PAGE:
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  • Melanie Sampson

Short and Sweet: An Overview of Nominalization


You can complete the application online.


The team will issue a decision by the end of May.


We will continue to ensure that everyone can get food.


What do all of these sentences have in common? They feel a bit detached from the reader and have extra words that aren't necessarily needed.



Writing More Directly

In academic writing, it’s common to create more distance between yourself and your reader. During that process, we can easily add more words through a process called nominalization. Basically we make words such as verbs and adjectives into nouns, usually by adding a suffix.

Think:

complete → completion

happy → happiness.

Then we layer those concepts in sentences with other actions.


It’s not wrong to use these forms. It just depends on who you are talking to and what you want to say. But, if you want to be more concise in your writing, notice if this issue seems familiar.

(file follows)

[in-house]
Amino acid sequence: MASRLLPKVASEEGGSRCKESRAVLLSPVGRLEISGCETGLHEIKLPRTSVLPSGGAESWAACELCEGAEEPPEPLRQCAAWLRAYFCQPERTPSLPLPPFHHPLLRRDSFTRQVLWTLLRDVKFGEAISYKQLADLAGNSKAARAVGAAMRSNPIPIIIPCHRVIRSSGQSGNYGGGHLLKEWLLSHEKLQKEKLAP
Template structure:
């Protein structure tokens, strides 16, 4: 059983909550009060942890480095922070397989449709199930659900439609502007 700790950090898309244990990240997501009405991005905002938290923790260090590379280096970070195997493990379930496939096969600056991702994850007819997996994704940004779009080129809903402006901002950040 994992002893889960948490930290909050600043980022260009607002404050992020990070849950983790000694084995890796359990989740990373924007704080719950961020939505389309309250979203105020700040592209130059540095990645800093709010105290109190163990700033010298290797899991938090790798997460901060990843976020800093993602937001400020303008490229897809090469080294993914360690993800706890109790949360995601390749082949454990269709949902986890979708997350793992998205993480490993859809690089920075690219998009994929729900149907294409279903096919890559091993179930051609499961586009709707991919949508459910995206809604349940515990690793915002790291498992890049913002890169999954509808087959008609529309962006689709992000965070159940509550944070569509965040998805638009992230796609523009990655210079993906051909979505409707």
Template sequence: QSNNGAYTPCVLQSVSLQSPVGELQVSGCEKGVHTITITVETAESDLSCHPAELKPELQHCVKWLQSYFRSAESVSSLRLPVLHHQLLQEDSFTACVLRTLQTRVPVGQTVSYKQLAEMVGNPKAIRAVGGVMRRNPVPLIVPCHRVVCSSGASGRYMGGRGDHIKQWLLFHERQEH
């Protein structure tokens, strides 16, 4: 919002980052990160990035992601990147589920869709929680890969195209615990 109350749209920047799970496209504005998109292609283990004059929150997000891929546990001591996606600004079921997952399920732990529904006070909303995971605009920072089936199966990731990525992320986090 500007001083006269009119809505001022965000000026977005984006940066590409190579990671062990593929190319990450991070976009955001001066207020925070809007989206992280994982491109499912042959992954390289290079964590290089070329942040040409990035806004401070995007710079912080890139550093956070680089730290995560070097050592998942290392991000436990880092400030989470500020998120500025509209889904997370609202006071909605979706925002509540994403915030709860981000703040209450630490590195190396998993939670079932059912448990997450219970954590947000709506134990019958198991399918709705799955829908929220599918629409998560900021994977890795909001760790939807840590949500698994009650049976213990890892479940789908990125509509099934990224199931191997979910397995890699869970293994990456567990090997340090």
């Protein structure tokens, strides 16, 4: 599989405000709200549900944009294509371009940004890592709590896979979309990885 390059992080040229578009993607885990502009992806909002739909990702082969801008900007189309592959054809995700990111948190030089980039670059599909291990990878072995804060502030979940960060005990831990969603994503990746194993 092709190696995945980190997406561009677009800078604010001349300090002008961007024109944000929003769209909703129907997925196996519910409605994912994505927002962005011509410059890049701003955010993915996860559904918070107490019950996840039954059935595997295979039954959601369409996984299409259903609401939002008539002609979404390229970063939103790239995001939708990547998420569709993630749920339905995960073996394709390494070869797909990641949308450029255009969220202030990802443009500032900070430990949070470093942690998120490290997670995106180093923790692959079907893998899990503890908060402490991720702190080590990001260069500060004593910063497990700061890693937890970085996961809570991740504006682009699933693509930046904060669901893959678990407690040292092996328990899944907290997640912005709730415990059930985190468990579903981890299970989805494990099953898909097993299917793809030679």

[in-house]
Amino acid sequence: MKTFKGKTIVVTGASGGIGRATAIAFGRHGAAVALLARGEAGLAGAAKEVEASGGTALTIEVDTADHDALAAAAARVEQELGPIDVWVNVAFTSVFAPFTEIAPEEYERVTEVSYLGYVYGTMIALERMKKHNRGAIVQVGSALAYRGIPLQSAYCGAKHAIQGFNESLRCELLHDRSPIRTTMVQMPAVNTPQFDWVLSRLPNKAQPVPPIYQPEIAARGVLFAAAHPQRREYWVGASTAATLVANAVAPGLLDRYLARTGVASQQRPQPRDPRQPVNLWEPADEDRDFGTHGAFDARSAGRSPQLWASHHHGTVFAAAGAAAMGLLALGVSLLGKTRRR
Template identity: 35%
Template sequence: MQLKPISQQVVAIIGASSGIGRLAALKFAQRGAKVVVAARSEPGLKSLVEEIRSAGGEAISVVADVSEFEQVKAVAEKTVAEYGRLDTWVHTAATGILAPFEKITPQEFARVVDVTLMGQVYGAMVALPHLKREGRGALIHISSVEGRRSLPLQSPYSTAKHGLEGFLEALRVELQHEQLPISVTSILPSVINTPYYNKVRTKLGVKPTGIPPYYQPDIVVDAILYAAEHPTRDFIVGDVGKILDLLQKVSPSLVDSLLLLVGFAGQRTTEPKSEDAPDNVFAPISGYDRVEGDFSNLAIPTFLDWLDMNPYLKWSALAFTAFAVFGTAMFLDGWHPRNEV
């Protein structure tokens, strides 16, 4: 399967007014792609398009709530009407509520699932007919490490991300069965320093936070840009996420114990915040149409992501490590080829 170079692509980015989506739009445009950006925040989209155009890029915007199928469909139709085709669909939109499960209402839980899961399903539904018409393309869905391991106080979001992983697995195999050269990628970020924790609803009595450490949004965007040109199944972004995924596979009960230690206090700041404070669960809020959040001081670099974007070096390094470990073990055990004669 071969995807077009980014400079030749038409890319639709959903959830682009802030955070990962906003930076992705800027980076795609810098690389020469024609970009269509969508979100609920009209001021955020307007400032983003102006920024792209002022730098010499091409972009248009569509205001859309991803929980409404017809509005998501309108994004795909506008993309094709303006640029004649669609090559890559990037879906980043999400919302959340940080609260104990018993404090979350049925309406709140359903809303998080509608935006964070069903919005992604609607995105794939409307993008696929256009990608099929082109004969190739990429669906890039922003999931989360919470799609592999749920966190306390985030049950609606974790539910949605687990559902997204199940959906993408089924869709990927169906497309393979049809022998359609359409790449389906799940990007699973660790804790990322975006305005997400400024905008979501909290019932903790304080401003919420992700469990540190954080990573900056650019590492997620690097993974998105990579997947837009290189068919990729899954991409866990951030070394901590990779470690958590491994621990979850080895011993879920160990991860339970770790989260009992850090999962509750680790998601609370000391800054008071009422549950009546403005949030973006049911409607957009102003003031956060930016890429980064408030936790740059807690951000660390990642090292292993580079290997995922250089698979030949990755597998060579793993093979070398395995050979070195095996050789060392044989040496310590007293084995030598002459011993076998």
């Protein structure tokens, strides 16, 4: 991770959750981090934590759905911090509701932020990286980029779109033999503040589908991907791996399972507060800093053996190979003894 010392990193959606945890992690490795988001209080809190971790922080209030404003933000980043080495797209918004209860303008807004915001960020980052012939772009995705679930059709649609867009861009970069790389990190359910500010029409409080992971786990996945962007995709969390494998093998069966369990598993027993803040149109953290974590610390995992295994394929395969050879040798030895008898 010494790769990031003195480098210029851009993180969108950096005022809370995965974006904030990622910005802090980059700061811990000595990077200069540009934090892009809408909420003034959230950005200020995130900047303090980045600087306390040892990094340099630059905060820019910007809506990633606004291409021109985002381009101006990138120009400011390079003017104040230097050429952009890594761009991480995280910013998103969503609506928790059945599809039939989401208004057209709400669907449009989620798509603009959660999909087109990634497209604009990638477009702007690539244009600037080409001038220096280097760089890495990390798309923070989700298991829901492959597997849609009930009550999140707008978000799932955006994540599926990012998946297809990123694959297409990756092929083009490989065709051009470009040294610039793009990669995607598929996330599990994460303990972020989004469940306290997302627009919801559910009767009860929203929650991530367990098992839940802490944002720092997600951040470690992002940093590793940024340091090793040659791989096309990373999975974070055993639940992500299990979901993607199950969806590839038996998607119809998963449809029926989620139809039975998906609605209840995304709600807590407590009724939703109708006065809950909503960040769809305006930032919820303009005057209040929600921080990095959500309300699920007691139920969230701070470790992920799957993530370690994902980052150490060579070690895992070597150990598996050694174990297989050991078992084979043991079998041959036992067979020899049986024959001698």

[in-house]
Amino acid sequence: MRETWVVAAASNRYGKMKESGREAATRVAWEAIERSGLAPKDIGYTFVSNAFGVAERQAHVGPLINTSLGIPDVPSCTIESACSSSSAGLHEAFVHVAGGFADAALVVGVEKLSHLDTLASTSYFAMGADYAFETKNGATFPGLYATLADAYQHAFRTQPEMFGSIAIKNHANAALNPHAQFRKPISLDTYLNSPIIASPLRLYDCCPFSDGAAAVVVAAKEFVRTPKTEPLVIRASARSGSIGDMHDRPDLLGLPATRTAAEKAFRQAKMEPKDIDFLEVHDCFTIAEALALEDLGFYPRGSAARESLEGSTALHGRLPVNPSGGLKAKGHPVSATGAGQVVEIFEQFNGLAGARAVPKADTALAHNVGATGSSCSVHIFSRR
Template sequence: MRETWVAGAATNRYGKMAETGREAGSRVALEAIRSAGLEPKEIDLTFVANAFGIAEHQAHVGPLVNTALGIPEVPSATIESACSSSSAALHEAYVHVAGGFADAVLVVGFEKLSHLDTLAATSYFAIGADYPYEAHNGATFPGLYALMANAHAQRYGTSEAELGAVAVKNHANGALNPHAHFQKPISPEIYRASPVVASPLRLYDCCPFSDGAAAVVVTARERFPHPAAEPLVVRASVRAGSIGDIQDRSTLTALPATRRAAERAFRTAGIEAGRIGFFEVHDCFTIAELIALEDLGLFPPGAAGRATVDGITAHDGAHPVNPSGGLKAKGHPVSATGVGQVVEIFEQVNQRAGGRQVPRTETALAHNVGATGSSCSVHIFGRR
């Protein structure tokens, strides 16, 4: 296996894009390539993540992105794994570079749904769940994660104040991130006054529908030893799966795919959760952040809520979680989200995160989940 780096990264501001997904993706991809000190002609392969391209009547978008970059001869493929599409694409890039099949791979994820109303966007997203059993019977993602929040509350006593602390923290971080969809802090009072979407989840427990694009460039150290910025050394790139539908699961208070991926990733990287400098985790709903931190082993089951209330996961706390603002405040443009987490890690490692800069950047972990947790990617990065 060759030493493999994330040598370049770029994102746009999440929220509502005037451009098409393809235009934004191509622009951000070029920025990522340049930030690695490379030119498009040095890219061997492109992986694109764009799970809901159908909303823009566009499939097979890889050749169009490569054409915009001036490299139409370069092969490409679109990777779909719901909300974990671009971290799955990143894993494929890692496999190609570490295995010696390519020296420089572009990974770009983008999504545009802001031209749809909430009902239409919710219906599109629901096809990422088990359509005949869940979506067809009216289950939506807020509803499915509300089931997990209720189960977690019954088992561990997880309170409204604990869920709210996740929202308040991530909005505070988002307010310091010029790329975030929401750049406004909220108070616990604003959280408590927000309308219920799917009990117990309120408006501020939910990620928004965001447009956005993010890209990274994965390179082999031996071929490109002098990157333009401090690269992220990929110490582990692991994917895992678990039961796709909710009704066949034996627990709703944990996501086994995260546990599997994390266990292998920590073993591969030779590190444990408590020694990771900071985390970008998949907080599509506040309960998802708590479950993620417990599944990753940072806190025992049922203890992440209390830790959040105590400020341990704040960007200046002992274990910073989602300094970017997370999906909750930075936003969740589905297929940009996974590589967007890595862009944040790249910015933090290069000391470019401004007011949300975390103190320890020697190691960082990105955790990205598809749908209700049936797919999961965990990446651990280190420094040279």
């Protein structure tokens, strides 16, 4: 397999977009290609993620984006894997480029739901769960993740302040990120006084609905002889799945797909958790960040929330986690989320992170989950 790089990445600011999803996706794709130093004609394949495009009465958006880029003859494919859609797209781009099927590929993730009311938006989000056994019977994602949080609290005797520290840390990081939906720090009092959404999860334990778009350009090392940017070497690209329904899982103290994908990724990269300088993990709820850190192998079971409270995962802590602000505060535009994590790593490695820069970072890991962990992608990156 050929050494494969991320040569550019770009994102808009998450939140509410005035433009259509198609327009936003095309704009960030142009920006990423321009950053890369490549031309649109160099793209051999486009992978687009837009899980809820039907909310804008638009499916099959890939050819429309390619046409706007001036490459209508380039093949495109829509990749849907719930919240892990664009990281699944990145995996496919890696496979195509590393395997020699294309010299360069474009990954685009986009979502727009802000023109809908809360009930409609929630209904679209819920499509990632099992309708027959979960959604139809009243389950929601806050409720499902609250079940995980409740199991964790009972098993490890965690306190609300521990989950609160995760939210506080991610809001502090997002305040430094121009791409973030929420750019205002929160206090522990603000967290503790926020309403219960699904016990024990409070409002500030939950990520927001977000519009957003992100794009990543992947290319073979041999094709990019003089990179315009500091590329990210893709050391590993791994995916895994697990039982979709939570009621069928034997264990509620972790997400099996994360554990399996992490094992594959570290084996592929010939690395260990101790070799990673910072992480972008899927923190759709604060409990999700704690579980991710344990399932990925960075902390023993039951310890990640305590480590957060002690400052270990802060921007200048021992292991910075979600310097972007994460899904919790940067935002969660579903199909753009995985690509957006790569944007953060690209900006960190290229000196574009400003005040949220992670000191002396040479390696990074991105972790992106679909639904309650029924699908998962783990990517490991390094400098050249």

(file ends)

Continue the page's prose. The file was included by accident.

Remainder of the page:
Let’s look at those examples from the beginning and see what they look like when we are more direct:

You can complete the application online. → You can apply online. OR Apply online.

The team will issue a decision by the end of May. → We will decide by May 31.

We will continue to ensure that everyone can get food. → We will make sure you can get food.


Get nominalization on your radar. Tighten up your writing and make it easier to understand.


Bonus:

Writing a grant with limited characters? Check for extra-long phrases like the ones we talked about here — it might save you a lot of time and trouble!

#words #plainlanguage #sentencestructure


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